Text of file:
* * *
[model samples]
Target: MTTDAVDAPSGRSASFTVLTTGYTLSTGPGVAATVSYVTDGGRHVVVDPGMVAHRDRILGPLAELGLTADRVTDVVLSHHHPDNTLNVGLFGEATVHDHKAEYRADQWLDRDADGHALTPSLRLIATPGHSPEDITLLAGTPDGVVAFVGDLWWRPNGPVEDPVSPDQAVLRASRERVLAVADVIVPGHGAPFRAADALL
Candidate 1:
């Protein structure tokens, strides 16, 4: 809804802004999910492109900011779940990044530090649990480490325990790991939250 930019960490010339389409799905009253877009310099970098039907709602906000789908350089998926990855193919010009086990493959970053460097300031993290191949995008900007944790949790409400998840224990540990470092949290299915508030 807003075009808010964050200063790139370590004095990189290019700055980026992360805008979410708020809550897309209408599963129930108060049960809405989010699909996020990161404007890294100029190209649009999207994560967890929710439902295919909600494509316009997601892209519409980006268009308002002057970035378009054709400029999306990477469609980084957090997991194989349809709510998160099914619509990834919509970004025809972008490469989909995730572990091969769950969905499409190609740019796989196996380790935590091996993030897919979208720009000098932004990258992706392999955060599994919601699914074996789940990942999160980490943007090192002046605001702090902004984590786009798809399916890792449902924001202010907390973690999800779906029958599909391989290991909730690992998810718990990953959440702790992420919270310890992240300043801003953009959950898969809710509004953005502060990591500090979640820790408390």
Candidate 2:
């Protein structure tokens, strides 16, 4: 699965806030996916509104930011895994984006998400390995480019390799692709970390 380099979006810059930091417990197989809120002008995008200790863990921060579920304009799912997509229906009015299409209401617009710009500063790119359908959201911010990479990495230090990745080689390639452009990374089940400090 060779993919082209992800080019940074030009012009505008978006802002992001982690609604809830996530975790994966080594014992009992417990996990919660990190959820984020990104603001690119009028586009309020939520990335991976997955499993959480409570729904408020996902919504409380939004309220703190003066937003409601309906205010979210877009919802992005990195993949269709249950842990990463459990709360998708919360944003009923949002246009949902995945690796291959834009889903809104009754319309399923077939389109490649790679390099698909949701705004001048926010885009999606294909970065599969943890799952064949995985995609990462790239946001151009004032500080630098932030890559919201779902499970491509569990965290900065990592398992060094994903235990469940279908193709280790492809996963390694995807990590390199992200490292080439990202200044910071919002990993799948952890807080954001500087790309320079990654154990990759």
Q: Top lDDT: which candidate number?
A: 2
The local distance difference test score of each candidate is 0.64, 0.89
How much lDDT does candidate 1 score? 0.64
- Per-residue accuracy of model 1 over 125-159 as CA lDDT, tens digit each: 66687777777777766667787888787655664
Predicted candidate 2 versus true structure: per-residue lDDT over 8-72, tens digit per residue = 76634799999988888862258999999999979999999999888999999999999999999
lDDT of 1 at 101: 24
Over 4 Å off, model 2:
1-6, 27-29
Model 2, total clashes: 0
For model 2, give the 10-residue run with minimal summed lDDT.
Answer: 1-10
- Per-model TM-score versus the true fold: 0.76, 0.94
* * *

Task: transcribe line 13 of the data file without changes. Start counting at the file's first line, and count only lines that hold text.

lDDT of 1 at 101: 24